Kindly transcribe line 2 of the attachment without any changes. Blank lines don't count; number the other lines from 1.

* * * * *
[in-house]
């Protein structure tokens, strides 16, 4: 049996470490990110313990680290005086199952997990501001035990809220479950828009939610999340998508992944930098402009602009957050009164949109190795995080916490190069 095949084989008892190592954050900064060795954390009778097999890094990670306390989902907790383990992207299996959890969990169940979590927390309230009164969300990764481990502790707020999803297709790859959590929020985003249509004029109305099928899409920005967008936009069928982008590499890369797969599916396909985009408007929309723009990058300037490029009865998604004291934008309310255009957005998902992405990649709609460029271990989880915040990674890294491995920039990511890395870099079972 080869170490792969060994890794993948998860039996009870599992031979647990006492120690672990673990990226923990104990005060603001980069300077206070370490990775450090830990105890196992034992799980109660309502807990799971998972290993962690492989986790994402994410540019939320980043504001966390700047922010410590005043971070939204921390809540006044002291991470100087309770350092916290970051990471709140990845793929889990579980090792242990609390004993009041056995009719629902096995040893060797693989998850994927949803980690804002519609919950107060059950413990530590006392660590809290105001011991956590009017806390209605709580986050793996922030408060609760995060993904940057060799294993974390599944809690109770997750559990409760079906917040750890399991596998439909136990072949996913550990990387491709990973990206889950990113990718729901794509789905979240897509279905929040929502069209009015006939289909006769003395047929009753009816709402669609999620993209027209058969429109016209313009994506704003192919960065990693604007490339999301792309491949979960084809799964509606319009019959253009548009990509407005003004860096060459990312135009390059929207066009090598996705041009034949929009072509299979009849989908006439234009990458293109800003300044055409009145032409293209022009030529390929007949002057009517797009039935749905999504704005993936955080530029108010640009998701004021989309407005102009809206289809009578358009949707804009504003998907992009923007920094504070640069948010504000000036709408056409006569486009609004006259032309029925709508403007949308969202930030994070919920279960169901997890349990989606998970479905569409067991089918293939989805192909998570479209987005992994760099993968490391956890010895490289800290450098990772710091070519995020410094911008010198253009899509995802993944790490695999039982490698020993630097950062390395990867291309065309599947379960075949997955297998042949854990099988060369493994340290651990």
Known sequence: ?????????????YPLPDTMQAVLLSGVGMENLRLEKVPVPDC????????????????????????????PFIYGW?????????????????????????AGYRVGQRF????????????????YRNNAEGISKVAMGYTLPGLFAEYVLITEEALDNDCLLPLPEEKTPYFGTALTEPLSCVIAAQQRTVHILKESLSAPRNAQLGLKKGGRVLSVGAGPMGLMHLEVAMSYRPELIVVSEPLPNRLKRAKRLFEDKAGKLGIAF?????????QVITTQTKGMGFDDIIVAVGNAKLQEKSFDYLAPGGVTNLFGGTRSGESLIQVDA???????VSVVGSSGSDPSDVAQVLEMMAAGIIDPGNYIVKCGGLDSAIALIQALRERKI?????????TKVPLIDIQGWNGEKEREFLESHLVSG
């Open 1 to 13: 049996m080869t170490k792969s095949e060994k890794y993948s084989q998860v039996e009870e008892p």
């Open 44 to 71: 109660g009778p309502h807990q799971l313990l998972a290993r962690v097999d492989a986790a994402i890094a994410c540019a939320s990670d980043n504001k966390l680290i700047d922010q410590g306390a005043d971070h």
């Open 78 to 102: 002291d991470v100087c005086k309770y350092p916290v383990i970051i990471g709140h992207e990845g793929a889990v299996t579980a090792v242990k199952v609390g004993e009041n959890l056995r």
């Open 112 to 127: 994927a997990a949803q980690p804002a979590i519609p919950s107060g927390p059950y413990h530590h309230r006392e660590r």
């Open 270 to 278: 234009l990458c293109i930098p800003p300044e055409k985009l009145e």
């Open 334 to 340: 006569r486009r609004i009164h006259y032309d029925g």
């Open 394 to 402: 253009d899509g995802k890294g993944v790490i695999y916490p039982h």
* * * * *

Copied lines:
């Protein structure tokens, strides 16, 4: 049996470490990110313990680290005086199952997990501001035990809220479950828009939610999340998508992944930098402009602009957050009164949109190795995080916490190069 095949084989008892190592954050900064060795954390009778097999890094990670306390989902907790383990992207299996959890969990169940979590927390309230009164969300990764481990502790707020999803297709790859959590929020985003249509004029109305099928899409920005967008936009069928982008590499890369797969599916396909985009408007929309723009990058300037490029009865998604004291934008309310255009957005998902992405990649709609460029271990989880915040990674890294491995920039990511890395870099079972 080869170490792969060994890794993948998860039996009870599992031979647990006492120690672990673990990226923990104990005060603001980069300077206070370490990775450090830990105890196992034992799980109660309502807990799971998972290993962690492989986790994402994410540019939320980043504001966390700047922010410590005043971070939204921390809540006044002291991470100087309770350092916290970051990471709140990845793929889990579980090792242990609390004993009041056995009719629902096995040893060797693989998850994927949803980690804002519609919950107060059950413990530590006392660590809290105001011991956590009017806390209605709580986050793996922030408060609760995060993904940057060799294993974390599944809690109770997750559990409760079906917040750890399991596998439909136990072949996913550990990387491709990973990206889950990113990718729901794509789905979240897509279905929040929502069209009015006939289909006769003395047929009753009816709402669609999620993209027209058969429109016209313009994506704003192919960065990693604007490339999301792309491949979960084809799964509606319009019959253009548009990509407005003004860096060459990312135009390059929207066009090598996705041009034949929009072509299979009849989908006439234009990458293109800003300044055409009145032409293209022009030529390929007949002057009517797009039935749905999504704005993936955080530029108010640009998701004021989309407005102009809206289809009578358009949707804009504003998907992009923007920094504070640069948010504000000036709408056409006569486009609004006259032309029925709508403007949308969202930030994070919920279960169901997890349990989606998970479905569409067991089918293939989805192909998570479209987005992994760099993968490391956890010895490289800290450098990772710091070519995020410094911008010198253009899509995802993944790490695999039982490698020993630097950062390395990867291309065309599947379960075949997955297998042949854990099988060369493994340290651990």